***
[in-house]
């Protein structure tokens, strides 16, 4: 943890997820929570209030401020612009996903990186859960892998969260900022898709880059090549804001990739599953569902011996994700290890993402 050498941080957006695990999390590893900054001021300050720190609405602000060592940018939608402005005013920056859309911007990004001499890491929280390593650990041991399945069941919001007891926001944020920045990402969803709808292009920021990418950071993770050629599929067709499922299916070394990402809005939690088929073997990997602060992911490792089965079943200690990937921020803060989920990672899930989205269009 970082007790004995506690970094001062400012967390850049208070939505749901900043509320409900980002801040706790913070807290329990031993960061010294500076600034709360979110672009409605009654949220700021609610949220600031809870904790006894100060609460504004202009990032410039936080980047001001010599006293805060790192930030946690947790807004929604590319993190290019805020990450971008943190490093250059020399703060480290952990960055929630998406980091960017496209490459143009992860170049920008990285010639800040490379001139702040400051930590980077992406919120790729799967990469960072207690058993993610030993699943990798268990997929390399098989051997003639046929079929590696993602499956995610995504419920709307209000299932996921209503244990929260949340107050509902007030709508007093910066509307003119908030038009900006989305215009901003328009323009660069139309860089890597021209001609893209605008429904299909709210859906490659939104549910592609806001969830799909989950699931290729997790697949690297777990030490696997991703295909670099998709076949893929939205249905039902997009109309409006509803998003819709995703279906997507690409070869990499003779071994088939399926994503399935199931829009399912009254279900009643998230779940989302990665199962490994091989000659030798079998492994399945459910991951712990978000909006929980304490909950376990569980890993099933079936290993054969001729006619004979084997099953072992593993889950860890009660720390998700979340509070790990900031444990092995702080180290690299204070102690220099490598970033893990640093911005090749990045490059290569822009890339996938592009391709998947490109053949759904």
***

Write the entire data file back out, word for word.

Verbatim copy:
[in-house]
């Protein structure tokens, strides 16, 4: 943890997820929570209030401020612009996903990186859960892998969260900022898709880059090549804001990739599953569902011996994700290890993402 050498941080957006695990999390590893900054001021300050720190609405602000060592940018939608402005005013920056859309911007990004001499890491929280390593650990041991399945069941919001007891926001944020920045990402969803709808292009920021990418950071993770050629599929067709499922299916070394990402809005939690088929073997990997602060992911490792089965079943200690990937921020803060989920990672899930989205269009 970082007790004995506690970094001062400012967390850049208070939505749901900043509320409900980002801040706790913070807290329990031993960061010294500076600034709360979110672009409605009654949220700021609610949220600031809870904790006894100060609460504004202009990032410039936080980047001001010599006293805060790192930030946690947790807004929604590319993190290019805020990450971008943190490093250059020399703060480290952990960055929630998406980091960017496209490459143009992860170049920008990285010639800040490379001139702040400051930590980077992406919120790729799967990469960072207690058993993610030993699943990798268990997929390399098989051997003639046929079929590696993602499956995610995504419920709307209000299932996921209503244990929260949340107050509902007030709508007093910066509307003119908030038009900006989305215009901003328009323009660069139309860089890597021209001609893209605008429904299909709210859906490659939104549910592609806001969830799909989950699931290729997790697949690297777990030490696997991703295909670099998709076949893929939205249905039902997009109309409006509803998003819709995703279906997507690409070869990499003779071994088939399926994503399935199931829009399912009254279900009643998230779940989302990665199962490994091989000659030798079998492994399945459910991951712990978000909006929980304490909950376990569980890993099933079936290993054969001729006619004979084997099953072992593993889950860890009660720390998700979340509070790990900031444990092995702080180290690299204070102690220099490598970033893990640093911005090749990045490059290569822009890339996938592009391709998947490109053949759904």